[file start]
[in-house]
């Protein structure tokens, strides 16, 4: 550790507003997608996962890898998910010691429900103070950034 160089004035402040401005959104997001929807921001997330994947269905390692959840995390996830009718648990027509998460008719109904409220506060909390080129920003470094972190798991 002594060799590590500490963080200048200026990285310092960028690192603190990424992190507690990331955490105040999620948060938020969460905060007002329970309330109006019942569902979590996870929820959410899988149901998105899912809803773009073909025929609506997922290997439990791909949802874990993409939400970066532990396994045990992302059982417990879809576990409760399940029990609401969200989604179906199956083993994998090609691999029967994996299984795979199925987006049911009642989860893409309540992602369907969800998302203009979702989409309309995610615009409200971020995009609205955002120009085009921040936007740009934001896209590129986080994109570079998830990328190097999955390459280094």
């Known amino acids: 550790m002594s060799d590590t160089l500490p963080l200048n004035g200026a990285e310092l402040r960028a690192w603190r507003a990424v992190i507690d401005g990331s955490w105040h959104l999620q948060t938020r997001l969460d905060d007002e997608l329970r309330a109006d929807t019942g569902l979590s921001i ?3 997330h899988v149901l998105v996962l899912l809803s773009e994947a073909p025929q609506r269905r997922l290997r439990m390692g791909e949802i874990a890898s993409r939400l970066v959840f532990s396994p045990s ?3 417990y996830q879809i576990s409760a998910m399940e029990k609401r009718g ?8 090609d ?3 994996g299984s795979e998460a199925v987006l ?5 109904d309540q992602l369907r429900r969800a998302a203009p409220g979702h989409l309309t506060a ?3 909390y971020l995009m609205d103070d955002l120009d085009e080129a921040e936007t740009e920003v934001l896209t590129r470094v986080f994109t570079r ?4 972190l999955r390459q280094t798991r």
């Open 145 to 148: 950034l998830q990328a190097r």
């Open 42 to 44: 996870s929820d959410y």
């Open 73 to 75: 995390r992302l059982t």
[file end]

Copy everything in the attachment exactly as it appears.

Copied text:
[in-house]
């Protein structure tokens, strides 16, 4: 550790507003997608996962890898998910010691429900103070950034 160089004035402040401005959104997001929807921001997330994947269905390692959840995390996830009718648990027509998460008719109904409220506060909390080129920003470094972190798991 002594060799590590500490963080200048200026990285310092960028690192603190990424992190507690990331955490105040999620948060938020969460905060007002329970309330109006019942569902979590996870929820959410899988149901998105899912809803773009073909025929609506997922290997439990791909949802874990993409939400970066532990396994045990992302059982417990879809576990409760399940029990609401969200989604179906199956083993994998090609691999029967994996299984795979199925987006049911009642989860893409309540992602369907969800998302203009979702989409309309995610615009409200971020995009609205955002120009085009921040936007740009934001896209590129986080994109570079998830990328190097999955390459280094």
């Known amino acids: 550790m002594s060799d590590t160089l500490p963080l200048n004035g200026a990285e310092l402040r960028a690192w603190r507003a990424v992190i507690d401005g990331s955490w105040h959104l999620q948060t938020r997001l969460d905060d007002e997608l329970r309330a109006d929807t019942g569902l979590s921001i ?3 997330h899988v149901l998105v996962l899912l809803s773009e994947a073909p025929q609506r269905r997922l290997r439990m390692g791909e949802i874990a890898s993409r939400l970066v959840f532990s396994p045990s ?3 417990y996830q879809i576990s409760a998910m399940e029990k609401r009718g ?8 090609d ?3 994996g299984s795979e998460a199925v987006l ?5 109904d309540q992602l369907r429900r969800a998302a203009p409220g979702h989409l309309t506060a ?3 909390y971020l995009m609205d103070d955002l120009d085009e080129a921040e936007t740009e920003v934001l896209t590129r470094v986080f994109t570079r ?4 972190l999955r390459q280094t798991r």
């Open 145 to 148: 950034l998830q990328a190097r």
């Open 42 to 44: 996870s929820d959410y």
């Open 73 to 75: 995390r992302l059982t």